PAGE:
Some industries are hot, some or not, for finding jobs these days. Here's 10 of the hottest industries job seekers should keep their eyes on.
With baby boomers getting older and living longer, an expanding healthcare sector is expected to create three out of every 10 new jobs in the U.S. over the next decade -- some of the hottest being home health-care aides, medical assistants, and physical therapists.
By 2014, the professional and business services industry will have added 4.5 million new jobs to the economy, driven by a growing need for employment, recruitment, and placement specialists across the country and many more online.
At work or at home, we rely on an ever-expanding network of information technology. That's why the job sector devoted to making it all work is expected to grow by 40% within the next decade, with particular demand for software engineers and network systems and data analysts.
Forget the dotcom bust: the rising demand for software publishers, Internet and broadcast producers, ISPs, and Web search portals is expected to create 364,000 new jobs within the next 10 years, with a big demand for database administrators.
Higher wages and more leisure time is set to boost after-work spending, whether it's a movie, a workout, or a weekend in Las Vegas. Likewise, jobs in this sector are set to grow by 17.1% within a decade. And with a healthier lifestyles a priority, look for a more job openings for workout instructors and personal trainers.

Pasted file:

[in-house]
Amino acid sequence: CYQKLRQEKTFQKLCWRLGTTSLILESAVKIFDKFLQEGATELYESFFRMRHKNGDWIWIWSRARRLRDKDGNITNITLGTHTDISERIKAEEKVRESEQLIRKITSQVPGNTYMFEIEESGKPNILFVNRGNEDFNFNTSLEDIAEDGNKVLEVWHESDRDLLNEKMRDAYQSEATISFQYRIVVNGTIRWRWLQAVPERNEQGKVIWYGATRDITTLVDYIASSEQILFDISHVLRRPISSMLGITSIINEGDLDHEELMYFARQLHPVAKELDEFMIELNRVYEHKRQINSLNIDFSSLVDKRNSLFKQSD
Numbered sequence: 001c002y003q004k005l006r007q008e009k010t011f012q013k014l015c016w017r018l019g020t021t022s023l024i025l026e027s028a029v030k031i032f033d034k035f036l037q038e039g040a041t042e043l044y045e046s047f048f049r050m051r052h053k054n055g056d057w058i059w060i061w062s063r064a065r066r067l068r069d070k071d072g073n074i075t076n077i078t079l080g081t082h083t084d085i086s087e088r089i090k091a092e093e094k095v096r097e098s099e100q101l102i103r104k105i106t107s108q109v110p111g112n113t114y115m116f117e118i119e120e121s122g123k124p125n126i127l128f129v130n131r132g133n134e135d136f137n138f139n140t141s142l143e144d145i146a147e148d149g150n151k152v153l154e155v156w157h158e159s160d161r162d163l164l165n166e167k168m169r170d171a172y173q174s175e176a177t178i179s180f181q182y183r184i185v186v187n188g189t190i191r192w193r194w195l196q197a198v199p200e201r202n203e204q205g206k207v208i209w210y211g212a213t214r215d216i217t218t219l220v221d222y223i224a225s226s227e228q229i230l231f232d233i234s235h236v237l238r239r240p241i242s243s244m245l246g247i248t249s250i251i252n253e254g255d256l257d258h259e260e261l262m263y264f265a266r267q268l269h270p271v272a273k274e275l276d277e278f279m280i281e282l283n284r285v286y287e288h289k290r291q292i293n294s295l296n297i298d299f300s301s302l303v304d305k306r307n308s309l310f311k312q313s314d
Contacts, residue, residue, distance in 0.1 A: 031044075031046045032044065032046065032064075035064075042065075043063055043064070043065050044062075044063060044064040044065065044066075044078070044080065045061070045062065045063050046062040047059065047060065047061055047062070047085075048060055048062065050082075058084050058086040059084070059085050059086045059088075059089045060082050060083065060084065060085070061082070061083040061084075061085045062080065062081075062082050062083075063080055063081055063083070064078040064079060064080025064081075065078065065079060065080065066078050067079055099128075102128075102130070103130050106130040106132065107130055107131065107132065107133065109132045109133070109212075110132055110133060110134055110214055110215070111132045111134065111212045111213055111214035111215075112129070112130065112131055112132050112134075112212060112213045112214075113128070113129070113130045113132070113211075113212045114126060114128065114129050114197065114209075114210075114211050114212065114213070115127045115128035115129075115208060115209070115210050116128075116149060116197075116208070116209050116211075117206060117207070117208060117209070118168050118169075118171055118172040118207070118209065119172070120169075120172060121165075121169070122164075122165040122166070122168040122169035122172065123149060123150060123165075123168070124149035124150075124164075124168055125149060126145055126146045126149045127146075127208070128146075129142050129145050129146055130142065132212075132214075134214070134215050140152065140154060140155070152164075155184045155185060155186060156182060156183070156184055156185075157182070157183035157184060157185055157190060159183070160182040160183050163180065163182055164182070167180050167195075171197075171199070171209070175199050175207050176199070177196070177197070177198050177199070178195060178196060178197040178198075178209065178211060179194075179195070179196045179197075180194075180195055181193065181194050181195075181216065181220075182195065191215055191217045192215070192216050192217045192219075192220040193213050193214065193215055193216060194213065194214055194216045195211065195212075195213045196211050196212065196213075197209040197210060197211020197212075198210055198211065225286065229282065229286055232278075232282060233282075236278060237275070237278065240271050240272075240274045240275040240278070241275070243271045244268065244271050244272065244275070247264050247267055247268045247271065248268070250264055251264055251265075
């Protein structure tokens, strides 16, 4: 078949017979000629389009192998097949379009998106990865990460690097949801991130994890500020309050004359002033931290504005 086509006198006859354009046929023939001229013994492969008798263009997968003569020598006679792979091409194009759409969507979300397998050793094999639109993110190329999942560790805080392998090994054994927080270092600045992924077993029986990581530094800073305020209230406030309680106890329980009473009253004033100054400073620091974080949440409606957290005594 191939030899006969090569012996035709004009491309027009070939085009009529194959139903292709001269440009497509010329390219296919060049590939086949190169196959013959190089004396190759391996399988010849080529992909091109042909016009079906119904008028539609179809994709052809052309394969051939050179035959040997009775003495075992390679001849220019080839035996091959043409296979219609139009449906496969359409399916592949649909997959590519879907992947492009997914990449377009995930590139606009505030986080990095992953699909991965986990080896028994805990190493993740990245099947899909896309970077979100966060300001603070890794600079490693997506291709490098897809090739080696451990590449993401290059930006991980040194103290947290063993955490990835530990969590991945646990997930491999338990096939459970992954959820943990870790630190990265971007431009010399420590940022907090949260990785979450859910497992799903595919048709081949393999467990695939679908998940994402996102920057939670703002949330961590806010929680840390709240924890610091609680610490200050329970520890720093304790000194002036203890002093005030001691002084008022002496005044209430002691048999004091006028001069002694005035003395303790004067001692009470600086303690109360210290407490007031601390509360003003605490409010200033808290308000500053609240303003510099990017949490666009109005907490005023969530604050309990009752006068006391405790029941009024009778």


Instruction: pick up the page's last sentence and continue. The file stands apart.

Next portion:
Manufacturers nationwide are streaming production and looking for outside help from truck transportation and warehouse services, boosting jobs in this sector by an estimated 11.9% within 10 years. Watch for a surge in the demand for truck drivers, and freight, stock, and material movers.
While the red-hot housing market cools off, the nation's population keeps growing. That's expected to push demand for housing to new heights in the years ahead, along with 32.1% surge in real estate jobs, including more online brokers and agents across the country.
Aging baby boomers are hitting their peak savings years, creating a high demand for securities, commodity contracts, and other investment services and increasing employment in this sector by 15.8%. Meanwhile, the Sarbanes-Oxley Act has created a vacuum in the small business sector for accountants, now in huge demand.
As a shifting of responsibilities from federal to state governments continues, the number of government employees--from teachers to postal workers--is expected to grow by 10% to some 23.8 million jobs by 2014. In particular, public high school teachers will be in greater demand nationwide.
As other goods-producing industries shrink, the construction sector will continue to ride a growing demand for housing, buildings, roads, and bridges, creating 7.8 million jobs over the next 10 years. Already, the need for builders and excavators is reaching new heights in the past few months alone.